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Jesse Dodson, Fairways Media

Utah high school golfers will finish the year at a state meet. Here's how

By Sean Walker, KSL.com | Posted - May 11, 2020 at 5:05 p.m.



SALT LAKE CITY — As Utah’s number of positive COVID-19 cases began to plateau, and the state slowly reopens for business, one of the first recreational activities that became available was golf.

That was important for Lone Peak’s Berlin Long, who was the No. 1 golfer on last year’s Class 6A state championship squad, as she teed up at the Utah Junior Golf Association season opener at TalonsCove.

No meets were being sanctioned by the Utah High School Activities Association as a result of the global pandemic and Gov. Gary Herbert’s soft closure of Utah schools through the end of the school year. That meant no meets, no tournaments, and no chance to play with this year’s team for Long.

Until now.

Under the direction of the Utah Section PGA, high school girls golfers will have one final state meet to determine individual medalist honors and a statewide all-state team beginning May 27.

“I think it’s really important,” Long told KSL.com. “There was only one senior on our team this year, but it sucks to see that season taken away from her. She’s worked really hard.

“I think it’s important for seniors — and I would love to be able to play in a state championship meet with the team I have this year.”

The event, which is not sanctioned by the UHSAA but conducted by the Utah Section PGA, will send up to six players to the course for an 18-hole competition Wednesday, May 27, at Meadowbrook Golf Course in 5A and 6A competition. Though team scores will not be counted, high school coaches may sign up their teams as a group at utahpga.com.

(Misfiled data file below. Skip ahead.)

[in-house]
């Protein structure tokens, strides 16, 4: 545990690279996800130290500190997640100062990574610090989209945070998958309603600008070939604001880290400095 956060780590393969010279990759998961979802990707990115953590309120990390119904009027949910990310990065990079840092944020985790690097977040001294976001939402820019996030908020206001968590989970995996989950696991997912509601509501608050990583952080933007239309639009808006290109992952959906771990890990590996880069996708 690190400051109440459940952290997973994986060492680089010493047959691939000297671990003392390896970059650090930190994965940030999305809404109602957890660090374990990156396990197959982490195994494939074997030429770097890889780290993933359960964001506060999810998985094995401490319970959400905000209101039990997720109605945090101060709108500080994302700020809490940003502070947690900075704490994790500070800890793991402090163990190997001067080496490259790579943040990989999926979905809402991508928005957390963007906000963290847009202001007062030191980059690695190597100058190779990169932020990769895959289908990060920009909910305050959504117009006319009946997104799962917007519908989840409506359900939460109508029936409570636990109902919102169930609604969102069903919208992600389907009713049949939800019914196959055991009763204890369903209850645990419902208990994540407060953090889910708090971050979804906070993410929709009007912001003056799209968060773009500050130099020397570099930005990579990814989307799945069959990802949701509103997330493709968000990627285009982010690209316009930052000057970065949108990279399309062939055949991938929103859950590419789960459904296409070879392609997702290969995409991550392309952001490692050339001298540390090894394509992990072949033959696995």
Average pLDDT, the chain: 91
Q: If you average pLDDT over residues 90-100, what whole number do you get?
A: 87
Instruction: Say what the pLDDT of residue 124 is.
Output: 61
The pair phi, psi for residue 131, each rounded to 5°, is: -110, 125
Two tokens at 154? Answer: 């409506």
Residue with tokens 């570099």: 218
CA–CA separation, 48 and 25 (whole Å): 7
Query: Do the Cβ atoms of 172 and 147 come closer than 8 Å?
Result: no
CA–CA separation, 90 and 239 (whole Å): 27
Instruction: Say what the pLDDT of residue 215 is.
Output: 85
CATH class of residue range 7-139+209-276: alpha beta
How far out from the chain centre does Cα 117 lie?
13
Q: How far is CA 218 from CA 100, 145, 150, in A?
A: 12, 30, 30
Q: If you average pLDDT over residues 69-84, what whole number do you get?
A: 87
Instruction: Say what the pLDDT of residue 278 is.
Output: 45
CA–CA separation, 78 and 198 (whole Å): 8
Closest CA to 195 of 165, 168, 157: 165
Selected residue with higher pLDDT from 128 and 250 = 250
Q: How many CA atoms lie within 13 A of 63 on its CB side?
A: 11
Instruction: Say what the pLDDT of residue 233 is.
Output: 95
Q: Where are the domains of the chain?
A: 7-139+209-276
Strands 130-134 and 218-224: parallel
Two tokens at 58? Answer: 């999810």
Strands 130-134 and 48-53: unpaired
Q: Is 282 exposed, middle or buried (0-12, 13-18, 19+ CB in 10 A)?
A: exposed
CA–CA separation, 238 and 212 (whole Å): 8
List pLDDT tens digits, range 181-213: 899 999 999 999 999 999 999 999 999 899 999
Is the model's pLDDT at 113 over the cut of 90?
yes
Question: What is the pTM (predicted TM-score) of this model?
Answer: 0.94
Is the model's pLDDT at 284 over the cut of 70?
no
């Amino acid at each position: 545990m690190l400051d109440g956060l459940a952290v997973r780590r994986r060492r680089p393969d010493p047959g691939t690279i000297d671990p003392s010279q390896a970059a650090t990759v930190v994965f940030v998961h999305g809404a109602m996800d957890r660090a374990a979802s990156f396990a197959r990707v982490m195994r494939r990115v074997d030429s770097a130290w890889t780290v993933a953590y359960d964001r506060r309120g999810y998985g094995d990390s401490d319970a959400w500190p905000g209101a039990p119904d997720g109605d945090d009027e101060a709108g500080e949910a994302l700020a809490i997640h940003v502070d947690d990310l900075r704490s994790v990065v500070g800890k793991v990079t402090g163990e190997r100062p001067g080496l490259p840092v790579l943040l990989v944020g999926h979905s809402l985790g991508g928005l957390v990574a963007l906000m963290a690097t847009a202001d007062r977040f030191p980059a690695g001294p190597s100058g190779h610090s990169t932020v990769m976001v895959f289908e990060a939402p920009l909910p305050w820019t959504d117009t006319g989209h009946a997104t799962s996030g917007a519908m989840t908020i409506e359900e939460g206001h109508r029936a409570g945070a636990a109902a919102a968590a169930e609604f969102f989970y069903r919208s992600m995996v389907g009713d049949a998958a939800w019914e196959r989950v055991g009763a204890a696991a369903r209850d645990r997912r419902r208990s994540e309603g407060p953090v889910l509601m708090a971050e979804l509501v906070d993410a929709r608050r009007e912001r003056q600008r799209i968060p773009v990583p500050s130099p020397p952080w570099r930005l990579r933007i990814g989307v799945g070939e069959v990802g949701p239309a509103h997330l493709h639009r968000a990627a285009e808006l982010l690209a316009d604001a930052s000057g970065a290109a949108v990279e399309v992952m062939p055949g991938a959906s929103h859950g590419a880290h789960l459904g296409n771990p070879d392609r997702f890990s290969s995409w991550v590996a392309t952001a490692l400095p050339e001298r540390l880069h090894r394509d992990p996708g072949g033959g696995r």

Individual state meets for Class 1A boys and 2A, 3A and 4A girls will happen on Wednesday, June 3. Those tournaments will also be played at Meadowbrook.

No coaches or caddies will be permitted on the course, similar to restrictions in past state tournaments, which allow for limited coaching and no on-course interaction between players and staff or teammates. Galleries will also be limited, and CDC guidelines for hygiene and social distancing will be promoted.

Lone Peak's Berlin Long, left, and Lehi's Lila Galeai, far right, submit scorecards in a socially distant fashion during the UJGA season opener at TalonsCove. (Photo: Sean Walker, KSL.com)

A one-time $40 entry fee will pay for all fees associated with the tournament, and individuals can sign up through their respective high school coaches by sending an email to agoodman@pgahq.com before May 15.

“We’re sensitive to all the seniors who didn’t get to play and feel bad they had to miss out on this season,” said Utah Section PGA executive director Devin Dehlin, whose team hosts the state meet every year. “We look forward to being able to give the kids something to look forward to.”

In accordance with CDC guidelines for all golf courses, all flag sticks will remain in the pins, no rakes will be left in bunkers, and players will not congregate in a designated scoring area. Individual scorecards will be dropped in a secure scorecard box to allow section members and volunteers to tally the individual leaderboard.

The admittance of spectators, including parents, on the course is currently undetermined. But it is likely that no galleries will be permitted on the day of the tournament, Dehlin said.

Following the meet, the Utah Section PGA will select 10 players from each classification to the all-state first team.

While it’s not UHSAA-sanctioned or conducted in a fashion that would crown a team champion, Dehlin and his team at the Utah Section PGA hope it helps provide some relief for the high school golfers — especially from the senior class of 2020 — who had their seasons abruptly ended by the global pandemic.

It will also give individual champs from last year an opportunity to defend their title.

“For me, I just want a chance to improve my game,” said Lehi’s Lila Galeai, the reigning 4A medalist. “It’s important, even if being the next state champion isn’t the top priority.

“I want to be the best golfer in Utah. But this is just a way to help me be the best golfer I can be.”

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